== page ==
Thursday, March 10, 2011

Book Review - "I Wouldn’t Start From Here: A Misguided Tour of the Early 21st Century" by Andrew Mueller

“If any of us harboured doubts that the pre-war tales of Iraq’s fearsome weapons stockpile had been the most fabulous crock of nonsense, they were dispelled by poking around the offices. On one floor, each room was devoted to one of Iraq’s potential enemies. There was a Turkey room, a Saudi Arabia room, an Iran room, an Israel room. The walls of each were covered with maps of the corresponding country, red stickers indicating potential targets. Around these maps, rather touchingly, were pictures of fighter aircraft, cut out of the back issues of Jane’s Defence Weekly that littered the floors. The Iraqi defence establishment which, we’d been told, was plotting to lay us waste in forty-five minutes, had in fact been making collages. If I imagined the Iraqi officers making ‘Zoom! Kapow!’ noises as they stuck the pictures up, it was kind of heartbreaking. A wall was covered with a lovingly painted artwork of all the things the Iraqi air force hadn’t had: fighter plans, AWACS aircraft, satellites.”
(Taken from Chapter 10: Iraq, Baghdad, p 122)

It’s hard to stick a genre to Andrew Mueller’s I Wouldn’t Start From Here: A Misguided Tour of the Early 21st Century, though Picador (publisher) have typed it as Memoir/Travel. Wherever it fits, it’s a remarkable tome that is a must read for those interested in the affairs of our world for the past decade.

In the authors own words, I Wouldn’t Start From Here “is a random history of the twenty-first century so far as seen by one peripatetic hack” (p 3). An Australian journalist, though he doesn’t count himself as a ‘proper’ one, Andrew Mueller has experienced and reported on wars and conflicts across the globe. He has come into contact with oppressors and the oppressed, soldiers and civilians, thieves, murderers, martyrs and refugees. As the book guides the reader through accounts set in Jerusalem, Kosovo, Baghdad and many others, it is the stories of these people, told without prejudice or bias, that shine through.

Mueller writes with both compassion and a dark comedic edge, his prose is alluring and yet refreshingly blunt. His ability to encapsulate an entire event; its politics and hype and tragedy, within a few words, make this book really special and sets it apart from others in its field. He is a master of selecting the clearest imagery to give the reader an exact idea of what was going on in the war torn countries he visited.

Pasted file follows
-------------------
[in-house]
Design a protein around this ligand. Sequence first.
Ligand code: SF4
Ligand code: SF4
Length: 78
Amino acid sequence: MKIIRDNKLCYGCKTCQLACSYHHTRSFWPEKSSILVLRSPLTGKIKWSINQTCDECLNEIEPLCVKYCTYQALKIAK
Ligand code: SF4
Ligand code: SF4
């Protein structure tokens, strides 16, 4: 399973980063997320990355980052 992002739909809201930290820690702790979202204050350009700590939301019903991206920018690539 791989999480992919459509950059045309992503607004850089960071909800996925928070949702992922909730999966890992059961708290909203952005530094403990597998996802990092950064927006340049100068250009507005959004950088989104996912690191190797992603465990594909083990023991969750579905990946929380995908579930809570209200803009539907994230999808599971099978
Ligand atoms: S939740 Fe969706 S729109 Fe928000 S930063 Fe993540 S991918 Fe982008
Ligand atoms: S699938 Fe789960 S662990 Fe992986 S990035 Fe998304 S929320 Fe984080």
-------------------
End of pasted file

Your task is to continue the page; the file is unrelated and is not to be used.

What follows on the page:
The book is hefty, but then, so has been the history it covers. Handily divided up into chapters each covering a separate conflict and place, I found it made for a long term read, Mueller’s captivating writing does not bore over time. In each chapter I found myself falling for the various characters he met along his journeys and hoped, though I fear it isn’t the case, that they were all still out there surviving. Definitely the most remarkable aspect of this book, Mueller time and again brings war away from a dispute over land, oil or religion and back to the killing, terrorising and freedom taking of people, a message sometimes lost in our ever noisy, media blasted world.

In today’s modern world it can be difficult to keep up just with what’s going on around the globe, which wars have started and ended, who is hating who and which countries do and don’t exist. Mueller’s book gives a stunning yet easy to access guide to what’s been going on in the last decade (or so) and is an all out great and informative read.

Edit: I neglected to add that I actually borrowed this book from my dad (who has since reminded me of my forgetfullness regularly!) who has an amazing knowledge of war history himself and obviously pretty good book taste. Just goes to show, good literary taste can transcend generations!

No comments:

Post a Comment

Related Posts Plugin for WordPress, Blogger...